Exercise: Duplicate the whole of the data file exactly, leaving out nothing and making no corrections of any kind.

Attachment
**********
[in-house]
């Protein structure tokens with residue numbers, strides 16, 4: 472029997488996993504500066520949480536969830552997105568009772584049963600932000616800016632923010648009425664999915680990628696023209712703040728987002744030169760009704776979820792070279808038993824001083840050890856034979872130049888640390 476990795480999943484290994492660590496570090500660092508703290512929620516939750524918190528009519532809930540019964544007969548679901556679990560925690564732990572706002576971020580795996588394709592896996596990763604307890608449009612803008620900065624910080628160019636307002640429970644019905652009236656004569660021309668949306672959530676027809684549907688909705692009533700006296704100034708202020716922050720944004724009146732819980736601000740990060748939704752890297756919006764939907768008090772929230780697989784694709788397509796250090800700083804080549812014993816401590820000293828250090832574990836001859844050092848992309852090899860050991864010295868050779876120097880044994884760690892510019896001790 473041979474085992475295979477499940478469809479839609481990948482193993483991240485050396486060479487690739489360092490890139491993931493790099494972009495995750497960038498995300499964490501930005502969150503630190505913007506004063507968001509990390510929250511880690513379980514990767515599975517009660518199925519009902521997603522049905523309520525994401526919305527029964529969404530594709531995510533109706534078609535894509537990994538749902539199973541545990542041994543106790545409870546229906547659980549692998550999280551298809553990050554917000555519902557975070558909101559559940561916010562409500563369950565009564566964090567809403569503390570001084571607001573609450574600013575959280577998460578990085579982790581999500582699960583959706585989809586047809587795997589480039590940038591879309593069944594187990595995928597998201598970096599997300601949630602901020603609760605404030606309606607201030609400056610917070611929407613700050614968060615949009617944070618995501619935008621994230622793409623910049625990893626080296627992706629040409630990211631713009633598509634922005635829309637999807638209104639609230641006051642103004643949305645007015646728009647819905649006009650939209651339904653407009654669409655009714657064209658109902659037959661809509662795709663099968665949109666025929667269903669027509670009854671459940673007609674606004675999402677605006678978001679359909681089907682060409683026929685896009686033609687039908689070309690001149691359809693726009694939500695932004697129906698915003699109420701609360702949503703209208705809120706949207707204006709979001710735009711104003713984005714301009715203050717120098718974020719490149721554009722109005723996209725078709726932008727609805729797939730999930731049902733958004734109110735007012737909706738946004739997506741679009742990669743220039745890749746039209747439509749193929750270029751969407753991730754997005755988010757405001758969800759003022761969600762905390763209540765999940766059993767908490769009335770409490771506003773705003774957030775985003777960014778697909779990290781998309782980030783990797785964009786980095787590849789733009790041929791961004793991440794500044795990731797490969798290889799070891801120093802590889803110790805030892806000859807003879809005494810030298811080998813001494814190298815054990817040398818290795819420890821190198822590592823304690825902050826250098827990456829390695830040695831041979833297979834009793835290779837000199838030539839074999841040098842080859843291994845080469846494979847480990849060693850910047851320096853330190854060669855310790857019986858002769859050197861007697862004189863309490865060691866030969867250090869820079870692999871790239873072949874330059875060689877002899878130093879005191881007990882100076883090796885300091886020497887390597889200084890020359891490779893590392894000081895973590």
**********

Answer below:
[in-house]
């Protein structure tokens with residue numbers, strides 16, 4: 472029997488996993504500066520949480536969830552997105568009772584049963600932000616800016632923010648009425664999915680990628696023209712703040728987002744030169760009704776979820792070279808038993824001083840050890856034979872130049888640390 476990795480999943484290994492660590496570090500660092508703290512929620516939750524918190528009519532809930540019964544007969548679901556679990560925690564732990572706002576971020580795996588394709592896996596990763604307890608449009612803008620900065624910080628160019636307002640429970644019905652009236656004569660021309668949306672959530676027809684549907688909705692009533700006296704100034708202020716922050720944004724009146732819980736601000740990060748939704752890297756919006764939907768008090772929230780697989784694709788397509796250090800700083804080549812014993816401590820000293828250090832574990836001859844050092848992309852090899860050991864010295868050779876120097880044994884760690892510019896001790 473041979474085992475295979477499940478469809479839609481990948482193993483991240485050396486060479487690739489360092490890139491993931493790099494972009495995750497960038498995300499964490501930005502969150503630190505913007506004063507968001509990390510929250511880690513379980514990767515599975517009660518199925519009902521997603522049905523309520525994401526919305527029964529969404530594709531995510533109706534078609535894509537990994538749902539199973541545990542041994543106790545409870546229906547659980549692998550999280551298809553990050554917000555519902557975070558909101559559940561916010562409500563369950565009564566964090567809403569503390570001084571607001573609450574600013575959280577998460578990085579982790581999500582699960583959706585989809586047809587795997589480039590940038591879309593069944594187990595995928597998201598970096599997300601949630602901020603609760605404030606309606607201030609400056610917070611929407613700050614968060615949009617944070618995501619935008621994230622793409623910049625990893626080296627992706629040409630990211631713009633598509634922005635829309637999807638209104639609230641006051642103004643949305645007015646728009647819905649006009650939209651339904653407009654669409655009714657064209658109902659037959661809509662795709663099968665949109666025929667269903669027509670009854671459940673007609674606004675999402677605006678978001679359909681089907682060409683026929685896009686033609687039908689070309690001149691359809693726009694939500695932004697129906698915003699109420701609360702949503703209208705809120706949207707204006709979001710735009711104003713984005714301009715203050717120098718974020719490149721554009722109005723996209725078709726932008727609805729797939730999930731049902733958004734109110735007012737909706738946004739997506741679009742990669743220039745890749746039209747439509749193929750270029751969407753991730754997005755988010757405001758969800759003022761969600762905390763209540765999940766059993767908490769009335770409490771506003773705003774957030775985003777960014778697909779990290781998309782980030783990797785964009786980095787590849789733009790041929791961004793991440794500044795990731797490969798290889799070891801120093802590889803110790805030892806000859807003879809005494810030298811080998813001494814190298815054990817040398818290795819420890821190198822590592823304690825902050826250098827990456829390695830040695831041979833297979834009793835290779837000199838030539839074999841040098842080859843291994845080469846494979847480990849060693850910047851320096853330190854060669855310790857019986858002769859050197861007697862004189863309490865060691866030969867250090869820079870692999871790239873072949874330059875060689877002899878130093879005191881007990882100076883090796885300091886020497887390597889200084890020359891490779893590392894000081895973590």